Top 10 TV Dance Shows
Written by: Catalogs.com Editorial Staff
May 15, 2012
Filed Under TV
Contributed by Top 10 Guru Paul Seaburn
TV dancing shows have been popular since the early days of television.
Musical variety shows featuring teens rocking, rolling and otherwise bopping to pop hits have introduced the U.S. to both new music styles and new dance crazes. Competition shows showcasing amateurs and professionals vying for prizes have enjoyed a recent renaissance. I’m a lifelong fan of both.
These are my favorite TV dance shows.
10. The Arthur Murray Party
The original TV dance show, The Arthur Murray Party ran from July 1950 until September 1960 and was hosted by professional dancers and studio owners Arthur and Kathryn Murray. The show had a variety of celebrity guests who attempted to learn steps and gave away lessons at the Arthur Murray studios.
9. Pants-Off Dance-Off
Probably the most unusual show, Pants-Off Dance-Off was a contest featuring amateurs dancing while stripping their clothes off, with the winner receiving $2100 after receiving the most votes from judges and viewers. Hosted the first season by Tila Tequila and Krista Ayne, it ran from 2006-2007 on Fuse TV and is now an online show.
8. Dance Fever
Merv Griffin produced this show, an amateur couples contest that aired weekly from January 1979 to September 1987. Celebrity judges awarded weekly winners a $1000 prize, and the winners came back to compete for $5000 in the semifinals and a $25,000 grand prize package. Hosted for most of it’s run by Deney Terrio, the show also had a weekly guest musical group or singer.
Shindig! was a West Coast primetime musical variety competitor to American Bandstand that ran from September 1964 to January 1966. It was hosted by L.A. DJ Jimmy O’Neill and featured a group called The Shin-diggers with then-unknown actress Teri Garr and house band called the Shindogs with Glen Campbell, Billy Preston, Leon Russell and other soon-to-be-big-named musicians.
Another musical variety show in the American Bandstand vein, Hullabaloo ran from January 1965 to August 1966 with weekly hosts such as Petula Clark, Paul Anka and Frankie Avalon singing songs and introducing popular musical acts like The Rolling Stones, The Yardbirds, Sonny & Cher and the Supremes. The Hullabaloo Dancers gyrated to the songs with go-go girls in cages performing during the Hullabaloo A-Go-Go.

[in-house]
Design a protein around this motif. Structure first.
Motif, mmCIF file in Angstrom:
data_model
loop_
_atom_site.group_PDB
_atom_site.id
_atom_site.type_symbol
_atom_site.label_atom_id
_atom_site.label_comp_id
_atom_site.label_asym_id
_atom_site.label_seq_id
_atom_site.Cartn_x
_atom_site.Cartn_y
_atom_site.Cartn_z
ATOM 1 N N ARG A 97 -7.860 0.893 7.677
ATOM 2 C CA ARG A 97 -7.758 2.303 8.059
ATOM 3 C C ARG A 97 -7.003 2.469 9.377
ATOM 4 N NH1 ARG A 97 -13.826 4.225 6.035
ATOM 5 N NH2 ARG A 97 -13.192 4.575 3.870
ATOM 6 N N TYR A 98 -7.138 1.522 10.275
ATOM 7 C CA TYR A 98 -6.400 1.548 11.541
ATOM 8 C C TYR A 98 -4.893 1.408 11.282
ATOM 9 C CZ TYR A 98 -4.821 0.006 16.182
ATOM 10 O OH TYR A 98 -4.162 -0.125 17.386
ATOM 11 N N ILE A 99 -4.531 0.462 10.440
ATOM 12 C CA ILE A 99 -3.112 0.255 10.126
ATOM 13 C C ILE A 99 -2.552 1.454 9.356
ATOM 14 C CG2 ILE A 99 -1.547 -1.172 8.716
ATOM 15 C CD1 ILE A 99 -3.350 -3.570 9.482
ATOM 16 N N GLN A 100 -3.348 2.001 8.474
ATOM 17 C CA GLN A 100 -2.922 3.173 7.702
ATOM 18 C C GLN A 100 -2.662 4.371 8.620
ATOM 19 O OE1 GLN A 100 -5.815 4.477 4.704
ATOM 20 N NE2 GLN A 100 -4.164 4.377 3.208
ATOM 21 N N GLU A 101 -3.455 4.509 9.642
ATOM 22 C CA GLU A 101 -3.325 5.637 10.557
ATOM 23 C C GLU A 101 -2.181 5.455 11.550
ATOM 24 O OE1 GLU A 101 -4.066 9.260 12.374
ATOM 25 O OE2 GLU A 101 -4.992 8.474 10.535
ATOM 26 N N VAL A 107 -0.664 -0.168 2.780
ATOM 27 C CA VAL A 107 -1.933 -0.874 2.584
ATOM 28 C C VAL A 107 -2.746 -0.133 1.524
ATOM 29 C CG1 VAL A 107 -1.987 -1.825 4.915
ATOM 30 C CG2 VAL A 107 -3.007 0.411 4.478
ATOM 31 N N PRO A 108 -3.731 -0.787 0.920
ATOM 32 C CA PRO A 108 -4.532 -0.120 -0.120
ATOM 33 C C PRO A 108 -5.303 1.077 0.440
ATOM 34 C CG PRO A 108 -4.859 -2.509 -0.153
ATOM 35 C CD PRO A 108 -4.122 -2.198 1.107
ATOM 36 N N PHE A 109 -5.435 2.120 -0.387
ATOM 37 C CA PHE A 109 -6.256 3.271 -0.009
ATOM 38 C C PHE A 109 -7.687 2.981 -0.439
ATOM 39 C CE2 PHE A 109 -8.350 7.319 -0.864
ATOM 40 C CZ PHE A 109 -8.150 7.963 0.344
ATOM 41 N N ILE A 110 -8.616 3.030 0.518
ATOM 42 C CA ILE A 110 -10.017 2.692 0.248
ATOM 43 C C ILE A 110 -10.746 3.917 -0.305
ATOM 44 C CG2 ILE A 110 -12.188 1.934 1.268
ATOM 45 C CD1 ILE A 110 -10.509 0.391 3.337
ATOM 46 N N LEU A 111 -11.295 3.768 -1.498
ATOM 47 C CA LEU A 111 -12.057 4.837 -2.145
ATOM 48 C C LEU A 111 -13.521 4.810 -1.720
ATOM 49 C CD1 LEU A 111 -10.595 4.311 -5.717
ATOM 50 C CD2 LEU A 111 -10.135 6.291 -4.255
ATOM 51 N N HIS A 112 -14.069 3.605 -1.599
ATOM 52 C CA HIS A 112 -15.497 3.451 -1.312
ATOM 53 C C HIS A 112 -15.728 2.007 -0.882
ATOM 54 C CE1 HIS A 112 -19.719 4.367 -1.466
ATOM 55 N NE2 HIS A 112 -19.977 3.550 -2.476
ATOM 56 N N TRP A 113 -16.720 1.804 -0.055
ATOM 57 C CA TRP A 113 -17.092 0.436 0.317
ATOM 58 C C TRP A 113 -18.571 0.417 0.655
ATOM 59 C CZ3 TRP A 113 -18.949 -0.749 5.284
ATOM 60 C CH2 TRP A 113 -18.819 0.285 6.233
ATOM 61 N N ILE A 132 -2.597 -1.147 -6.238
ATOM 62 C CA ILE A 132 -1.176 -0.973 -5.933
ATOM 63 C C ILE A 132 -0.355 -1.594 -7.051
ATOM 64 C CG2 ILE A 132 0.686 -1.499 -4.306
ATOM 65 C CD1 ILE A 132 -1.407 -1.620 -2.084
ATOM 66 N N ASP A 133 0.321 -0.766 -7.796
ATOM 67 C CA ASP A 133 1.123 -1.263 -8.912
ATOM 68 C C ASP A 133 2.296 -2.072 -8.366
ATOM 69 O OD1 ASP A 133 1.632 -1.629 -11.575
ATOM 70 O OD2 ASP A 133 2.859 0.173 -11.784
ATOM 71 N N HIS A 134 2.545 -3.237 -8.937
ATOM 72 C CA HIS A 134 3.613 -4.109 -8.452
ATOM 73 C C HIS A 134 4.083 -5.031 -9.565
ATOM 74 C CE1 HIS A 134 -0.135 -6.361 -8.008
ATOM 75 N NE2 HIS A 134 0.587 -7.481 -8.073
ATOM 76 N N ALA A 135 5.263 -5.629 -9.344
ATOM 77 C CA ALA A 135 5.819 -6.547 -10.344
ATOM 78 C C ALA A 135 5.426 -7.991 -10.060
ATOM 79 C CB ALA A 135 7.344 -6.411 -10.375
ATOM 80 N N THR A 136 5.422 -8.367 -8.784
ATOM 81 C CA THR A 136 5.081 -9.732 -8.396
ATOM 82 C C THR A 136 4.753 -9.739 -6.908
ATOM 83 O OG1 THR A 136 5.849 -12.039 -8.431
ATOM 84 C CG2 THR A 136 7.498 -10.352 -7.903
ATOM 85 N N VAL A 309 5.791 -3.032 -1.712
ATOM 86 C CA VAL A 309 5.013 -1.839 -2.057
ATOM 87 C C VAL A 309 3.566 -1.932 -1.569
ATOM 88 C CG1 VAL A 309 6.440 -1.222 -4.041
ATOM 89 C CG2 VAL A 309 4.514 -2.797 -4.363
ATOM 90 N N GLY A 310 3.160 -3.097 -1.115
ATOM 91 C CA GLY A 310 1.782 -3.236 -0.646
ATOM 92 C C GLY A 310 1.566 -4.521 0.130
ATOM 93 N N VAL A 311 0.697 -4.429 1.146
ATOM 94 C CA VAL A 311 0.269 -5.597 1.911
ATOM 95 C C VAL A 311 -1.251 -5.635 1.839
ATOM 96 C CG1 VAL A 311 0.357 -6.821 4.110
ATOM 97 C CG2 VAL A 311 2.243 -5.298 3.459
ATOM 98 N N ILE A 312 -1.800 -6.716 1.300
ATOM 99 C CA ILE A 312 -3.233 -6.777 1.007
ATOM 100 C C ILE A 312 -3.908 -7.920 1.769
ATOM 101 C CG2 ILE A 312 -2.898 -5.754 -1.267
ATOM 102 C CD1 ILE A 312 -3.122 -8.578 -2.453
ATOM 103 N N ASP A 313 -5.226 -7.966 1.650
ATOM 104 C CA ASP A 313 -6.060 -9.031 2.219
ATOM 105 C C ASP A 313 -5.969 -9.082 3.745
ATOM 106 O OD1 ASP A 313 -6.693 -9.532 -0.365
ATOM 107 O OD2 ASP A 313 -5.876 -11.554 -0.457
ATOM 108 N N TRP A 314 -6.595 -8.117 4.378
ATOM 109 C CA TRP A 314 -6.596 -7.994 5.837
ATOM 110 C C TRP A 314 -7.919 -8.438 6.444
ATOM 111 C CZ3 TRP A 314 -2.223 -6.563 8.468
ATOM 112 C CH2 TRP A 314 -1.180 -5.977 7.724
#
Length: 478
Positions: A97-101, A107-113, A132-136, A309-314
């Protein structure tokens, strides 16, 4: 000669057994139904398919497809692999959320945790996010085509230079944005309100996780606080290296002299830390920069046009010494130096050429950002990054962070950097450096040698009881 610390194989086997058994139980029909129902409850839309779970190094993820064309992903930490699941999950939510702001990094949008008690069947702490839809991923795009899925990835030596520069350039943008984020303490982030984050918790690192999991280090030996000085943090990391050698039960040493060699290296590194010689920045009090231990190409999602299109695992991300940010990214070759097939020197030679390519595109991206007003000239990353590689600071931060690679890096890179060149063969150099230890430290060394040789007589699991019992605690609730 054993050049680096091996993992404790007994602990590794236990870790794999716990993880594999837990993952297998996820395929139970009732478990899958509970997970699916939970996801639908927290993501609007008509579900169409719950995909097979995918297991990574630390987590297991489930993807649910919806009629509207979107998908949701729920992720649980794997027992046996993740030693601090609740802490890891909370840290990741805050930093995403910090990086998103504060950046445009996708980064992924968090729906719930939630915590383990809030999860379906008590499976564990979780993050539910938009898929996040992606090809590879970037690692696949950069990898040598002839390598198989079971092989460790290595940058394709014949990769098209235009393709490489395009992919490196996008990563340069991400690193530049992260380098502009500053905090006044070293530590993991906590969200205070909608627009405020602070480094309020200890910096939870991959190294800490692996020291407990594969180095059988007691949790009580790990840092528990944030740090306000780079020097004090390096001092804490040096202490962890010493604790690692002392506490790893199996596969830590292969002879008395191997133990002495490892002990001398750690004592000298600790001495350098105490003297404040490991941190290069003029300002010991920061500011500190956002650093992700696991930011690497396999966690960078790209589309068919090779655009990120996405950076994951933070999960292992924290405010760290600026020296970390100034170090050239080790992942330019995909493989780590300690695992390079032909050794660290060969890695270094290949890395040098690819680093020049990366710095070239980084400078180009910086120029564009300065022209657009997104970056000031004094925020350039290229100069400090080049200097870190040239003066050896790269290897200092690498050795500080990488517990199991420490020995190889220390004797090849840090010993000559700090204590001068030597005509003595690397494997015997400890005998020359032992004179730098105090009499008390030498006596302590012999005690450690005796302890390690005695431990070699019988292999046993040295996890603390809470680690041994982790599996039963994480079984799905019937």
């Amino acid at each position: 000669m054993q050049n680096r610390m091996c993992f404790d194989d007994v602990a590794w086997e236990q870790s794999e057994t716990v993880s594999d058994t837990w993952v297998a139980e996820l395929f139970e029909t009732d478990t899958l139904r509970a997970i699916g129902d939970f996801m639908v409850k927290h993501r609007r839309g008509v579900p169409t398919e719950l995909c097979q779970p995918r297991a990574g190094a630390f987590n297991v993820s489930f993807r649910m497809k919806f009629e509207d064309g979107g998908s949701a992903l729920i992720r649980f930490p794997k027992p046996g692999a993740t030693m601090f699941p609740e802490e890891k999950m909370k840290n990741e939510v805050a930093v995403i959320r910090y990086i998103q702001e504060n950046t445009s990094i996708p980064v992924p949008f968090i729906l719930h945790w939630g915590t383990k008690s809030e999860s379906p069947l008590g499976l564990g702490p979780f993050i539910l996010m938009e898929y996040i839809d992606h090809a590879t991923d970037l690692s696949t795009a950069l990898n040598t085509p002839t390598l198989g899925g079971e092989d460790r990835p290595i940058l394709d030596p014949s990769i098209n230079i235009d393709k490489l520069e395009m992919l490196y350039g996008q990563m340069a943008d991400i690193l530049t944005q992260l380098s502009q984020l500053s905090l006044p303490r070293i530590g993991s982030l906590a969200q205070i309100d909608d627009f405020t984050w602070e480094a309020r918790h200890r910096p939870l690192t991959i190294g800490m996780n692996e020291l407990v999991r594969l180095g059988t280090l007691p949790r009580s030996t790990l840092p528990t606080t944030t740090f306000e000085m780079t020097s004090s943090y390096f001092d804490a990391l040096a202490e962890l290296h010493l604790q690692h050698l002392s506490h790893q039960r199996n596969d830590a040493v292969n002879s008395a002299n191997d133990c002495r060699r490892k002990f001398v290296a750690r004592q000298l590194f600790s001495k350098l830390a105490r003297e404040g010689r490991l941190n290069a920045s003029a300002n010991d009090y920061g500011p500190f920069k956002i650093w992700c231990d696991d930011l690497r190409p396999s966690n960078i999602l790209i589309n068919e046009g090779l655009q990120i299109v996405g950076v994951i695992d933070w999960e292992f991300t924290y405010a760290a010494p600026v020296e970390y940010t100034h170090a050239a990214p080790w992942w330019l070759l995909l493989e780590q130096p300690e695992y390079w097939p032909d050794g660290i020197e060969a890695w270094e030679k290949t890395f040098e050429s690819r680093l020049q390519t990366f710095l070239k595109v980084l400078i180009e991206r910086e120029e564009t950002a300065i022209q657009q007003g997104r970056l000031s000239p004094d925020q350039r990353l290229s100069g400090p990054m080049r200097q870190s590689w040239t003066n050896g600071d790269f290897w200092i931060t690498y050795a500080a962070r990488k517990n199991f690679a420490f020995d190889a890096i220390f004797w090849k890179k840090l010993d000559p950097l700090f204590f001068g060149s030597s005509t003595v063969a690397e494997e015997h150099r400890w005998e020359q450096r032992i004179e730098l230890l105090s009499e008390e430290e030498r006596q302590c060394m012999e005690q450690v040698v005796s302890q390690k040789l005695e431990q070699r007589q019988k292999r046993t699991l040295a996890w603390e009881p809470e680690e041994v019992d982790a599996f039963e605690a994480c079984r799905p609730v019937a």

5. So You Think You Can Dance
This is a competition show created by the producers of American Idol and run in a similar manner. Amateurs with fancy footwork audition around the country for a chance to perform in a variety of styles ranging from classical to ballroom to hip-hop and more. Couples wear extravagant outfits that merge ballroom wear with theme costumes. Contestants are eliminated by judges and the viewing audience and the winner gets $250,000 and the title of America’s Favorite Dancer.
4. Solid Gold
The hottest performers on TV in the 80’s were the Solid Gold Dancers on the show of the same name which ran from September 1980 to July 1988. Skimpy costumes and sexy routines were the norm as they swung, shook and shimmied to Top 10 pop hits with an ever-changing series of hosts, including Dionne Warwick in the first season and Andy Gibb and Marilyn McCoo in the second. The show also featured music videos and comedy sketches.
3. Dancing With The Stars
Dancing with the Stars is based on the British competition Strictly Come Dancing and has versions in over 35 countries worldwide. The U.S. series pairs well-known and has-been celebrities with professional ballroom competitors whose performances are scored by professional judges and then voted on by viewers. A top show in the U.S. since 2006, it is hosted by Tom Bergeron and former winner Brooke Burke Charvet.
2. Soul Train
From October 1971 to March 2006, Soul Train was the African-American answer to American Bandstand. Host and creator Don Cornelius introduced artists from R&B, soul, hip hop, funk, jazz and disco performing their hits while the studio audience hit the strobe-lit floor with the latest moves and grooves. A popular segment was the Soul Train Line where guys and gals formed two lines and displayed their moves towards the camera.
1. American Bandstand
The granddaddy of all music performance shows and by far the most popular and well-known, American Bandstand ran from 1952 to 1989 and was hosted for all but a few of those years by America’s oldest teenager, Dick Clark. Teens danced to current Top 40 music performed by the artists and virtually all of rock music’s hit makers appeared on or made their debuts on American Bandstand.